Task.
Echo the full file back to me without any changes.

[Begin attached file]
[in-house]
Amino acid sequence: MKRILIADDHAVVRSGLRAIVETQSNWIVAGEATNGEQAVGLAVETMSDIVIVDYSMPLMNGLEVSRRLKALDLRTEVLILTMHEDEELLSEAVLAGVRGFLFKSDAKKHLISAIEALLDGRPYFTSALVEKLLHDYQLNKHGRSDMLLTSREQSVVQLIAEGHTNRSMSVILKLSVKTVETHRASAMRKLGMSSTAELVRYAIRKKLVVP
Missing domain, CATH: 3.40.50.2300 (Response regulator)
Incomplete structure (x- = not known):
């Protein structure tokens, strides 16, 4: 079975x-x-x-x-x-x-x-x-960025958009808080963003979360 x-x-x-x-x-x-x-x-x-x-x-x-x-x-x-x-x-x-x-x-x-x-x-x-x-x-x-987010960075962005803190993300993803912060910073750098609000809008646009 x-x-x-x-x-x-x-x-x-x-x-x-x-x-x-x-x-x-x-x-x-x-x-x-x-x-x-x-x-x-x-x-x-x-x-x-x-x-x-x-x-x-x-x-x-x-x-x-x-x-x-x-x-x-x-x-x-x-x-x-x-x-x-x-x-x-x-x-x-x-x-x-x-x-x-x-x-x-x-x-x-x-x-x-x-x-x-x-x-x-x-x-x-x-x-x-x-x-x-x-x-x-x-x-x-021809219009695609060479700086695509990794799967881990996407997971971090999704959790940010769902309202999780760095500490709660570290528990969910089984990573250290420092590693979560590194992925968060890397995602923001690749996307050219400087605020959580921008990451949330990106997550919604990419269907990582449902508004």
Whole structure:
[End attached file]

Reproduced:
[in-house]
Amino acid sequence: MKRILIADDHAVVRSGLRAIVETQSNWIVAGEATNGEQAVGLAVETMSDIVIVDYSMPLMNGLEVSRRLKALDLRTEVLILTMHEDEELLSEAVLAGVRGFLFKSDAKKHLISAIEALLDGRPYFTSALVEKLLHDYQLNKHGRSDMLLTSREQSVVQLIAEGHTNRSMSVILKLSVKTVETHRASAMRKLGMSSTAELVRYAIRKKLVVP
Missing domain, CATH: 3.40.50.2300 (Response regulator)
Incomplete structure (x- = not known):
């Protein structure tokens, strides 16, 4: 079975x-x-x-x-x-x-x-x-960025958009808080963003979360 x-x-x-x-x-x-x-x-x-x-x-x-x-x-x-x-x-x-x-x-x-x-x-x-x-x-x-987010960075962005803190993300993803912060910073750098609000809008646009 x-x-x-x-x-x-x-x-x-x-x-x-x-x-x-x-x-x-x-x-x-x-x-x-x-x-x-x-x-x-x-x-x-x-x-x-x-x-x-x-x-x-x-x-x-x-x-x-x-x-x-x-x-x-x-x-x-x-x-x-x-x-x-x-x-x-x-x-x-x-x-x-x-x-x-x-x-x-x-x-x-x-x-x-x-x-x-x-x-x-x-x-x-x-x-x-x-x-x-x-x-x-x-x-x-021809219009695609060479700086695509990794799967881990996407997971971090999704959790940010769902309202999780760095500490709660570290528990969910089984990573250290420092590693979560590194992925968060890397995602923001690749996307050219400087605020959580921008990451949330990106997550919604990419269907990582449902508004």
Whole structure: